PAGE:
The Met Office says “for most parts of the UK, Christmas is right at the beginning of the period when it’s likely to snow. Looking at climate history, wintry weather is more likely between January and March than December”.
Here's another fun nugget: white Christmases were more frequent in the 18th and 19th centuries, even more so before the change of calendar in 1752 which effectively brought Christmas day back by 12 days.
But although yesterday the Met Office said it is “too early to tell” what sort of weather the UK will experience this winter, bookies have slashed their odds.
After a series of bets, Betway has cut its odds on a white Christmas:
- 11/4 Edinburgh
- 11/4 Glasgow
- 9/2 Belfast
- 11/2 Dublin
- 11/2 Manchester
- 6/1 London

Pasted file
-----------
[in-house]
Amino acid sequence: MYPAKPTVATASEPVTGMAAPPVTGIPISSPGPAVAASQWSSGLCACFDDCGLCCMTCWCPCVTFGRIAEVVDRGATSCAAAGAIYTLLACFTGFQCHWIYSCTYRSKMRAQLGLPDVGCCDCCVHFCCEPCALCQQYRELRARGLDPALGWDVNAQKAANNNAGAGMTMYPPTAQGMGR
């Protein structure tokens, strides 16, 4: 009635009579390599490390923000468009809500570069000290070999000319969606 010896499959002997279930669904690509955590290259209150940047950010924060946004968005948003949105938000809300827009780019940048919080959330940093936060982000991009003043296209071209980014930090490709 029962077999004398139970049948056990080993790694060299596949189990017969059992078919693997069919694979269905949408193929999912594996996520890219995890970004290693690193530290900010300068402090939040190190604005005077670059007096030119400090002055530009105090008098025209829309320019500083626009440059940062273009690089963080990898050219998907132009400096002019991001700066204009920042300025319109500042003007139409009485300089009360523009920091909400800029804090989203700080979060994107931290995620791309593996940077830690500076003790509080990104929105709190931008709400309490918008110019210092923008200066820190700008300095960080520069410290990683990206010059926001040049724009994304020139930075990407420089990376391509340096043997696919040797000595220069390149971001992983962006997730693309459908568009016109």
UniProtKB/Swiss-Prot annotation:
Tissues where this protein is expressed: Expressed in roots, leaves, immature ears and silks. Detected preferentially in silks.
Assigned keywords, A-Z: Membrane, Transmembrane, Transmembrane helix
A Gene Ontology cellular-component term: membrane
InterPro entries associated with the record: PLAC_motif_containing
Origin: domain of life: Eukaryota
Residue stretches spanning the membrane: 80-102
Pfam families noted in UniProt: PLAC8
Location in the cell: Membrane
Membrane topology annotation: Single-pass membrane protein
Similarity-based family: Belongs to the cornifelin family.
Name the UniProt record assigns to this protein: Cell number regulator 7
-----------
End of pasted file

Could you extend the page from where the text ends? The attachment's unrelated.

- 7/1 Birmingham
- 7/1 Cardiff
Betway's Alan Alger said: “Over the past week, punters have gritted their teeth and invested in a white Christmas. Forecasts suggests that it’s going to be a biting cold winter and we think there’s a chance readings will plunge below previous records.”
However, for it to have been a white Christmas technically just one flake has to have fallen from the sky. In other words, the Met office defines it to have snowed if their equipment registers just a flake of snow.
There was last a white Christmas in 2010, with the one before that was in 2009.
But with forecasters predicting arctic winds expected to bring snowy showers to the Highlands of Scotland within the next few days, and with the mild weather country the rest of the country has been experiencing on the way out, Christmas 2015 could be the stuff of, well, dreams...